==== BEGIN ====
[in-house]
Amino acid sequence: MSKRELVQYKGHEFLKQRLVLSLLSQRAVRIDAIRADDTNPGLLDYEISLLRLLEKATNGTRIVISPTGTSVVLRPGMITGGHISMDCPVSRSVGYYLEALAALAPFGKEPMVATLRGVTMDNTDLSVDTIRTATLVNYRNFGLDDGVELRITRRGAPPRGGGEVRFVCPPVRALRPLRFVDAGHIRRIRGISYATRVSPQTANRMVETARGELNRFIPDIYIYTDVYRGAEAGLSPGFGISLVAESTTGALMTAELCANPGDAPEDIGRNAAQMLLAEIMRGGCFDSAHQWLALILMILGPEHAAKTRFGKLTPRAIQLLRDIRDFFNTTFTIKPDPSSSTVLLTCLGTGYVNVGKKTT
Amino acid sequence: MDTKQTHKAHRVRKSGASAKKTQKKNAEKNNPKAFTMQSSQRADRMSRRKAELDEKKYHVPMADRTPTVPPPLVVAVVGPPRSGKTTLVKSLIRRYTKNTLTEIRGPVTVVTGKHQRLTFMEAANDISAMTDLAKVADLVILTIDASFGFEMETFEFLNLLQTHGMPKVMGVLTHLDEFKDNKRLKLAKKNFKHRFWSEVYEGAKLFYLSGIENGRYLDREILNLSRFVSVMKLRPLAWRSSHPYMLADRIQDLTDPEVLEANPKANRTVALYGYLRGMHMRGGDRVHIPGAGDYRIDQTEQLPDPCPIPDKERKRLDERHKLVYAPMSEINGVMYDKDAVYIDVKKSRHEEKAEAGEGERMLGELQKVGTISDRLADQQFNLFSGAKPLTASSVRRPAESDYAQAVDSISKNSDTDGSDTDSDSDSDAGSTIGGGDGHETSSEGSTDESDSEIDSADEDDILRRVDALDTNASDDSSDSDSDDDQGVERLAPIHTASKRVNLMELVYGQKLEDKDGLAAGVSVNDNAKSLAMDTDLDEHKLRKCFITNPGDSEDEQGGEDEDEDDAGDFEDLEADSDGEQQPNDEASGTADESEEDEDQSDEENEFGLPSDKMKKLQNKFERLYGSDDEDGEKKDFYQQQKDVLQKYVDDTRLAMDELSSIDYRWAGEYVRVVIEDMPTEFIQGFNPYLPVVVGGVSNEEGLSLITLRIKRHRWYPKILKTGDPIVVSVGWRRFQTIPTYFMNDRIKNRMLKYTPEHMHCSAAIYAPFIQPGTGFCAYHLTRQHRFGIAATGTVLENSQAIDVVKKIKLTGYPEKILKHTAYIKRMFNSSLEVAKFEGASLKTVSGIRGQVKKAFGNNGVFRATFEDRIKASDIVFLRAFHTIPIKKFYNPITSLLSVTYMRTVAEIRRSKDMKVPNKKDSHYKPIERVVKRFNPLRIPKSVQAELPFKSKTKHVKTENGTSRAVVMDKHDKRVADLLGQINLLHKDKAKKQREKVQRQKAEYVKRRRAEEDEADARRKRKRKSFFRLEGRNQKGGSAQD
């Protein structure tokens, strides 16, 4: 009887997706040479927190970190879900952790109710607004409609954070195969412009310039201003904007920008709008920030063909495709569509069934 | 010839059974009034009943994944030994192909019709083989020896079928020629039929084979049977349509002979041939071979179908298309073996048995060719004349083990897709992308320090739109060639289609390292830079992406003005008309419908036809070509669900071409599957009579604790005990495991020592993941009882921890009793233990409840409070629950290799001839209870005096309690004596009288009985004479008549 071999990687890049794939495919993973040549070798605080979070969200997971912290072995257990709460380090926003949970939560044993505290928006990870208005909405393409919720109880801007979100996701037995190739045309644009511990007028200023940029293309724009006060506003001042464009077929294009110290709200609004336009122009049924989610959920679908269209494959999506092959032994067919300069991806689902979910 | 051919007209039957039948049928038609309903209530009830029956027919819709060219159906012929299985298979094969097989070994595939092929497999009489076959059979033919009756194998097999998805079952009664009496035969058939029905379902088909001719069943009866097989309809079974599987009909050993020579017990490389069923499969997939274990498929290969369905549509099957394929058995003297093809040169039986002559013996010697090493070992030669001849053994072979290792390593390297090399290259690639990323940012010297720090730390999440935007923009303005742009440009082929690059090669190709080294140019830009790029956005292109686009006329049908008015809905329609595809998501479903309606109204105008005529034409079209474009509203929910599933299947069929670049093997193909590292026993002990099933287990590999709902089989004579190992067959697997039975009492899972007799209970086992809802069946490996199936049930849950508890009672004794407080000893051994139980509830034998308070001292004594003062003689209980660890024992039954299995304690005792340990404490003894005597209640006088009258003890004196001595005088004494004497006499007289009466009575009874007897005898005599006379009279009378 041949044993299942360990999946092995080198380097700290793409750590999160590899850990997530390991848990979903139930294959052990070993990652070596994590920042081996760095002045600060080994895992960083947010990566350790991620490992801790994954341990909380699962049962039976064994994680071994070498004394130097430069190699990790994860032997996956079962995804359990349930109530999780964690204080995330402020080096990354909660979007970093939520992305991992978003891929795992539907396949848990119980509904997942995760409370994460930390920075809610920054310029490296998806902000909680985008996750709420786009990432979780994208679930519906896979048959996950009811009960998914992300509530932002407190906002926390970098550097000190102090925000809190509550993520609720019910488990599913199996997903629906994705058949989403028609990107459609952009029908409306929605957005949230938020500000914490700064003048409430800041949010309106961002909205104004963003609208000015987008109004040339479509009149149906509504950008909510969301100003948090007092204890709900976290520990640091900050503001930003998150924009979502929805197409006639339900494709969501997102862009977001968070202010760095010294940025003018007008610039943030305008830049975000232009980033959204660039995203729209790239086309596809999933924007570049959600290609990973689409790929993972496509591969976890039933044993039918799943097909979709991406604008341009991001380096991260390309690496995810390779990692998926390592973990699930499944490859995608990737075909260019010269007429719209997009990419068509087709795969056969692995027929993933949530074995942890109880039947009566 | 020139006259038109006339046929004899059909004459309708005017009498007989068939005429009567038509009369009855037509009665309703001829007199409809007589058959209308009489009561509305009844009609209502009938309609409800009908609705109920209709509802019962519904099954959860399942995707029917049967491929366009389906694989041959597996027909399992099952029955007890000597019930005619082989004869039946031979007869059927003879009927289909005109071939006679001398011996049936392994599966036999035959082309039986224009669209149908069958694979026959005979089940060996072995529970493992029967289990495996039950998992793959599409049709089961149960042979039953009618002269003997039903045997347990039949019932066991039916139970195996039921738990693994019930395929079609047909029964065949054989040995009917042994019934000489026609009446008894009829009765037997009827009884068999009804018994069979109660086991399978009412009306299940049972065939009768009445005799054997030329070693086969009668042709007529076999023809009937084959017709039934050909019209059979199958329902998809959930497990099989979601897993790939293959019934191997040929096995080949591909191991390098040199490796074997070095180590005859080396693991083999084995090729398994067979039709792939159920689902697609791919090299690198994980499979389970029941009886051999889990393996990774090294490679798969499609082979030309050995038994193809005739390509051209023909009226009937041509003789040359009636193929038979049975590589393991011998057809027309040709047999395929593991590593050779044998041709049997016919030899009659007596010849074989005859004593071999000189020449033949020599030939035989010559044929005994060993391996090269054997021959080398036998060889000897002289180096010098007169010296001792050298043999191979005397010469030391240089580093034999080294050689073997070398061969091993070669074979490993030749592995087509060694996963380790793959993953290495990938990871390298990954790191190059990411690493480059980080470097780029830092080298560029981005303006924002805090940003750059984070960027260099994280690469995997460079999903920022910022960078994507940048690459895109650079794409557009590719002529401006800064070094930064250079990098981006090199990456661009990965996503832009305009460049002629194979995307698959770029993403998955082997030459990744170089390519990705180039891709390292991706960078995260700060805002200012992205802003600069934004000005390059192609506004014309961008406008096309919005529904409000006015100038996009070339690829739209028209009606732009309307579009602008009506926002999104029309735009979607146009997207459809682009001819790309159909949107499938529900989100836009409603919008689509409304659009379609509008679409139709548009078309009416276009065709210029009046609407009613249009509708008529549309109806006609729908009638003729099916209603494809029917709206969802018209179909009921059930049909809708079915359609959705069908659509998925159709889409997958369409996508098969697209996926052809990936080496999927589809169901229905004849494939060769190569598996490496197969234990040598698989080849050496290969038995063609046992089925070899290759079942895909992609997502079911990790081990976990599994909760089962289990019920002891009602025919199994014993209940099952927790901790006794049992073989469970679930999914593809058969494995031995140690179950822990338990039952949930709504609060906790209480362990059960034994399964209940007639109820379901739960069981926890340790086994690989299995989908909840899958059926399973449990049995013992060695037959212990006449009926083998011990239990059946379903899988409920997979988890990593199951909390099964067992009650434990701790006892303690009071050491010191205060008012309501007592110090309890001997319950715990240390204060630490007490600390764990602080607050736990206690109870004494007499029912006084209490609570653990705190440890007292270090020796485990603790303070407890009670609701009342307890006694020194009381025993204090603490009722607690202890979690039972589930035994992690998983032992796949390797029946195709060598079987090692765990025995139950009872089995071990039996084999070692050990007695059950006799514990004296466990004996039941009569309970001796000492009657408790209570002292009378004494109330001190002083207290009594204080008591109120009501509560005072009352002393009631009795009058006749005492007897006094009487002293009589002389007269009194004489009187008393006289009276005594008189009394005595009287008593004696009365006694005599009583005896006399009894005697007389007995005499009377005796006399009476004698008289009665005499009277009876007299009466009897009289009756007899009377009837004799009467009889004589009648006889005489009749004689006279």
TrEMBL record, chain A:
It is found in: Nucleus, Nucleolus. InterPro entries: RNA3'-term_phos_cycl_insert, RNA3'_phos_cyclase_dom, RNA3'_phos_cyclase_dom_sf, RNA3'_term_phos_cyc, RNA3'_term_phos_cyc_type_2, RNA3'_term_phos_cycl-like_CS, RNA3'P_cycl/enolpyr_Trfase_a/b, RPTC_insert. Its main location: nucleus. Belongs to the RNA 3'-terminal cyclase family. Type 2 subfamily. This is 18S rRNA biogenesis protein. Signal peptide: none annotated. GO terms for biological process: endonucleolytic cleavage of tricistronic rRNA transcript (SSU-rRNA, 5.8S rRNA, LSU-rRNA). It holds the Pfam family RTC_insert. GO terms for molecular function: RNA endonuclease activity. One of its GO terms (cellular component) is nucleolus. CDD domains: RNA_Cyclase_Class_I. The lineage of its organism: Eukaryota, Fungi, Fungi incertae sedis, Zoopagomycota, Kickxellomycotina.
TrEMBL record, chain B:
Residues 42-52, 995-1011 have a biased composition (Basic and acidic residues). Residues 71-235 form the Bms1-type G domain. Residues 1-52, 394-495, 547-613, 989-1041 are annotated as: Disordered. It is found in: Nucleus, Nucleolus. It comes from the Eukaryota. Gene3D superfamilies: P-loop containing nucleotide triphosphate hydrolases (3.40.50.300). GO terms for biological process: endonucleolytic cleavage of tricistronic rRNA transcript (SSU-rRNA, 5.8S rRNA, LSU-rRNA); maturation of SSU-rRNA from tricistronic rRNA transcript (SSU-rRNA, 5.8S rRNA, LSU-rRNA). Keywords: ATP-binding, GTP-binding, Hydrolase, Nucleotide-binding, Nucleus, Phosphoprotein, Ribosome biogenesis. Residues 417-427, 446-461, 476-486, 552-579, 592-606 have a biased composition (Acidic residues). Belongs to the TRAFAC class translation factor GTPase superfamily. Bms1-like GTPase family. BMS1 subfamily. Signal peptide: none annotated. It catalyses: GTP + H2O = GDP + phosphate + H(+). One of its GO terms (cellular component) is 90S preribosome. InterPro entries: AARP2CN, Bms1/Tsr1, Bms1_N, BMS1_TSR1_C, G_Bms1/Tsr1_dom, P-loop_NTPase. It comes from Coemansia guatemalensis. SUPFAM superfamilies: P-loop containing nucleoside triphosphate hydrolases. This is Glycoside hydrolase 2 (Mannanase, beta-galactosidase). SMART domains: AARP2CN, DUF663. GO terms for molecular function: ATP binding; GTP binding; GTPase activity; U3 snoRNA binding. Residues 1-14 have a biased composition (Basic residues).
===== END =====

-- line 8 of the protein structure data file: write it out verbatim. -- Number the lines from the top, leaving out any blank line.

Residues 42-52, 995-1011 have a biased composition (Basic and acidic residues). Residues 71-235 form the Bms1-type G domain. Residues 1-52, 394-495, 547-613, 989-1041 are annotated as: Disordered. It is found in: Nucleus, Nucleolus. It comes from the Eukaryota. Gene3D superfamilies: P-loop containing nucleotide triphosphate hydrolases (3.40.50.300). GO terms for biological process: endonucleolytic cleavage of tricistronic rRNA transcript (SSU-rRNA, 5.8S rRNA, LSU-rRNA); maturation of SSU-rRNA from tricistronic rRNA transcript (SSU-rRNA, 5.8S rRNA, LSU-rRNA). Keywords: ATP-binding, GTP-binding, Hydrolase, Nucleotide-binding, Nucleus, Phosphoprotein, Ribosome biogenesis. Residues 417-427, 446-461, 476-486, 552-579, 592-606 have a biased composition (Acidic residues). Belongs to the TRAFAC class translation factor GTPase superfamily. Bms1-like GTPase family. BMS1 subfamily. Signal peptide: none annotated. It catalyses: GTP + H2O = GDP + phosphate + H(+). One of its GO terms (cellular component) is 90S preribosome. InterPro entries: AARP2CN, Bms1/Tsr1, Bms1_N, BMS1_TSR1_C, G_Bms1/Tsr1_dom, P-loop_NTPase. It comes from Coemansia guatemalensis. SUPFAM superfamilies: P-loop containing nucleoside triphosphate hydrolases. This is Glycoside hydrolase 2 (Mannanase, beta-galactosidase). SMART domains: AARP2CN, DUF663. GO terms for molecular function: ATP binding; GTP binding; GTPase activity; U3 snoRNA binding. Residues 1-14 have a biased composition (Basic residues).